Military regime transition to consolidated democracy in sub-Saharan Africa

Bimbiryte, Indre

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dc.contributor.advisorKim, Dong Young-
dc.contributor.authorBimbiryte, Indre-
dc.descriptionThesis(Master) --KDI School:Master of Public Policy,2011-
dc.description.abstractDuring the last year the “Arab Spring” is capturing the world’s attention as a positive, albeit violent, fight against autocracy and dictatorships. However, a lack of democracy on the African continent remains high. Ghana is like an island of hope for the neighboring countries which are still ruled by the “iron fists” of their leaders, most of whom cover under the veil of feigned democracy. Having emerged from the military dictatorship, Ghana is an excellent example of a consolidated democracy for other Sub-Saharan nations. Starting as a fake democracy under the rule of Rawlings in the 1990s, Ghana eventually reached gradual democratization. The government has shifted powers already several times through free elections as the Ghanaian population actively took part in its country‘s rule. Free media and civil society continue to ensure the stability of democracy, as well as independent institutions that create steadiness in the process of consolidation. Ethnicity which most of the time creates tensions and remains one of the main issues on the African continent, in Ghana’s case can be seen as a factor that has a potential to further support the overall democratization.-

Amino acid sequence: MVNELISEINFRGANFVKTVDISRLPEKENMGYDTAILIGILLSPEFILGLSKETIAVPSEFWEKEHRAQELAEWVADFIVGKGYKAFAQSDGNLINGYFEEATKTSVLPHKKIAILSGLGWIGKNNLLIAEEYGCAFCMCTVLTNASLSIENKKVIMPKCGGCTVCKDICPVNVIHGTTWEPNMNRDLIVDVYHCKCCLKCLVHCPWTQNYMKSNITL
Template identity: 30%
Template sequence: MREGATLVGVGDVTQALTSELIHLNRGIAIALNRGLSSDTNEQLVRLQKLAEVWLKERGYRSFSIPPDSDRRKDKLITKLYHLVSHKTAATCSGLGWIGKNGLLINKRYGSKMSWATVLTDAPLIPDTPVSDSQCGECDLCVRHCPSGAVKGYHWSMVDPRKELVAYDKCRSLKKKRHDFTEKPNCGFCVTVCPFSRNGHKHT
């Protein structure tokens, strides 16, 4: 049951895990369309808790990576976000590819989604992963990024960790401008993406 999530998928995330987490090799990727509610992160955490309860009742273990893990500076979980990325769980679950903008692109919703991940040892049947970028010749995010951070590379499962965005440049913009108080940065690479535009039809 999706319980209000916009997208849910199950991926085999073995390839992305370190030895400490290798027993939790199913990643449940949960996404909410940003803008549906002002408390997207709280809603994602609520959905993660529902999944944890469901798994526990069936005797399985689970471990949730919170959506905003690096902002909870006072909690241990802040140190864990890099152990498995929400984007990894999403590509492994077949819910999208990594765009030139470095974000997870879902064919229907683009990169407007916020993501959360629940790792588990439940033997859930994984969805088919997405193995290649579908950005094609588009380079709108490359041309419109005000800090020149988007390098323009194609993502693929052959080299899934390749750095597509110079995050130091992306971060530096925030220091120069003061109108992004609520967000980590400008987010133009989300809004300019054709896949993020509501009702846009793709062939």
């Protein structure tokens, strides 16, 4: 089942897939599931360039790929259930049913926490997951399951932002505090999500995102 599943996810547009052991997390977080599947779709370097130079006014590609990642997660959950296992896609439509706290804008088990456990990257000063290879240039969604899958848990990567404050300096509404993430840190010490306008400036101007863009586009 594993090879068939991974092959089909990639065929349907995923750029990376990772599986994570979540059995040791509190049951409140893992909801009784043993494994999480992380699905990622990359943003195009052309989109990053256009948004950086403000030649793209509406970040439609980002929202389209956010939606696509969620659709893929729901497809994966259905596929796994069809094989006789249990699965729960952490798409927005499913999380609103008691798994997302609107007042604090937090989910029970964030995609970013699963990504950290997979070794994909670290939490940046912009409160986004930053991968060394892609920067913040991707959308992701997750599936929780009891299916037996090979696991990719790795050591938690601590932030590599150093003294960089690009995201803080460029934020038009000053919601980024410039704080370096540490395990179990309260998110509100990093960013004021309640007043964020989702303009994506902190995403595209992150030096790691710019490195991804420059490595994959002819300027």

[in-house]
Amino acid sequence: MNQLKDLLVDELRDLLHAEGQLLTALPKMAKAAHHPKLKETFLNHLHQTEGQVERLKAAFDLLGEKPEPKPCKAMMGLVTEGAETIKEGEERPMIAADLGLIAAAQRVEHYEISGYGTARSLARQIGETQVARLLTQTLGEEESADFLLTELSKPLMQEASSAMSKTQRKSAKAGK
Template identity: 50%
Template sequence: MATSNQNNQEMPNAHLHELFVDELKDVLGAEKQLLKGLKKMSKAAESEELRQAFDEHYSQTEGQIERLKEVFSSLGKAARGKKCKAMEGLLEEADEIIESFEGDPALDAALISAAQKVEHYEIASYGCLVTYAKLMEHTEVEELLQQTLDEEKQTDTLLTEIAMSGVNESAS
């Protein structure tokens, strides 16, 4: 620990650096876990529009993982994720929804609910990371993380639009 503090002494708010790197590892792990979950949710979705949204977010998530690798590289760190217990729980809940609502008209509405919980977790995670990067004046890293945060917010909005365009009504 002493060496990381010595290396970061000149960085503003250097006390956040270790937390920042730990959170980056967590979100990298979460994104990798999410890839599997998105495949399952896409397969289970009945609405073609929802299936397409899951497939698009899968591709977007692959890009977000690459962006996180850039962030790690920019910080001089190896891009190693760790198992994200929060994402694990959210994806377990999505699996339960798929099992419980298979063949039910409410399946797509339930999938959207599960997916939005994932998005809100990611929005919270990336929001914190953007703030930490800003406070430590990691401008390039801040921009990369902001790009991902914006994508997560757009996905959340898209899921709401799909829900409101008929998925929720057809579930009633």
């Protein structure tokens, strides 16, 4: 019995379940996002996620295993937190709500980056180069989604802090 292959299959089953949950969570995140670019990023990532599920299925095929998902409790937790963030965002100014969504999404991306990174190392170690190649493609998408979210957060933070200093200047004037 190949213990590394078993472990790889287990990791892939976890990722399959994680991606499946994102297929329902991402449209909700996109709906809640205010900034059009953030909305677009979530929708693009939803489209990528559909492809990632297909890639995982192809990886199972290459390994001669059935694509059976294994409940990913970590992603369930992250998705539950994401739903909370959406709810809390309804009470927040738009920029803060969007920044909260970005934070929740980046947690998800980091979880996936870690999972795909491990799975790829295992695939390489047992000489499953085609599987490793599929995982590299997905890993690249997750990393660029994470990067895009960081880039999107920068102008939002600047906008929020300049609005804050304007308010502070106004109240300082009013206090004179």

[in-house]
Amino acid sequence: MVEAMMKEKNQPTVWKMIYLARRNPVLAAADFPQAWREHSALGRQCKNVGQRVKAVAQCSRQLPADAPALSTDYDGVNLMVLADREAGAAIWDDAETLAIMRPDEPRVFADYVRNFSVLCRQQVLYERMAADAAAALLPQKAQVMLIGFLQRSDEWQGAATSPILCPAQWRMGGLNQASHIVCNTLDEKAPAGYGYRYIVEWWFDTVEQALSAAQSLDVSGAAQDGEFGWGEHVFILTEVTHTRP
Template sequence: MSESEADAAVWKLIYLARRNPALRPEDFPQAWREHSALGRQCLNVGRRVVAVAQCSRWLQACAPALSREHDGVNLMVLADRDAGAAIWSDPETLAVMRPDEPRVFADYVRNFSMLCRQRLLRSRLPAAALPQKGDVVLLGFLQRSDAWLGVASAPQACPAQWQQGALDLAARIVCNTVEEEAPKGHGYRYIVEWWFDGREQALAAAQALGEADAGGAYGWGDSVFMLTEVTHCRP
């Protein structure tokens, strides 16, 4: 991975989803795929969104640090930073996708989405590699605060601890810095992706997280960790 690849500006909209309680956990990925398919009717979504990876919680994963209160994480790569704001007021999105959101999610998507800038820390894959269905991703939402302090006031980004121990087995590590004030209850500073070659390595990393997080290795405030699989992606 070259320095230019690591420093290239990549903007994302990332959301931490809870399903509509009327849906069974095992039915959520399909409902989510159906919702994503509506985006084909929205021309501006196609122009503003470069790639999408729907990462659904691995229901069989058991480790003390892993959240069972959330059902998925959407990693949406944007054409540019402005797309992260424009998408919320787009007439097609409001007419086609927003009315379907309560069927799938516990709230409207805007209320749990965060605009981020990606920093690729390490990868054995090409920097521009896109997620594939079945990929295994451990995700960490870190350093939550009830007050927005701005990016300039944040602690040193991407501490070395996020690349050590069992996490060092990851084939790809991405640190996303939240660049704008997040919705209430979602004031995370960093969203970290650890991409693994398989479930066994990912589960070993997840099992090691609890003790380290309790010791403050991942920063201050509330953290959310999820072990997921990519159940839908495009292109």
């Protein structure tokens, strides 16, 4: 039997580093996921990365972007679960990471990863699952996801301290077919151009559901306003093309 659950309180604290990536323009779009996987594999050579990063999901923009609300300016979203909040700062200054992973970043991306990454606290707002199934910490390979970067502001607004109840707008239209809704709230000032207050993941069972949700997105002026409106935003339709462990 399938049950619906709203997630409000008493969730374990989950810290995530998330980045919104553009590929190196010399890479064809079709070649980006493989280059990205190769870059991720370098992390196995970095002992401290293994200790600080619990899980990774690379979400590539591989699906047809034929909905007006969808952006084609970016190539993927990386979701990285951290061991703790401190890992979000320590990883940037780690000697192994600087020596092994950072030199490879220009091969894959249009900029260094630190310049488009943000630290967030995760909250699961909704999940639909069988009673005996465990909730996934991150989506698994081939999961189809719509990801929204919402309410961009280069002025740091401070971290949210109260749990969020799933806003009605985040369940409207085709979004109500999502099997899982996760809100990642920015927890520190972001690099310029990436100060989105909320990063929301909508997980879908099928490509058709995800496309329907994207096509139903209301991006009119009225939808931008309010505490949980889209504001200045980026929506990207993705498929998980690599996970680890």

dc.format.extentiii, 51 p.-
dc.publisherKDI School-
dc.subject.LCSHDemocracy--South Africa--History.-
dc.subject.LCSHPolitics and government--South Africa.-
dc.subject.LCSHEthnic relations--Political aspects--South Africa.-
dc.titleMilitary regime transition to consolidated democracy in sub-Saharan Africa-
dc.title.alternativelearning from the example of good practice in Ghana-
dc.contributor.departmentKDI School, Master of Public Policy-
dc.description.statementOfResponsibilityby Indre Bimbiryte.-
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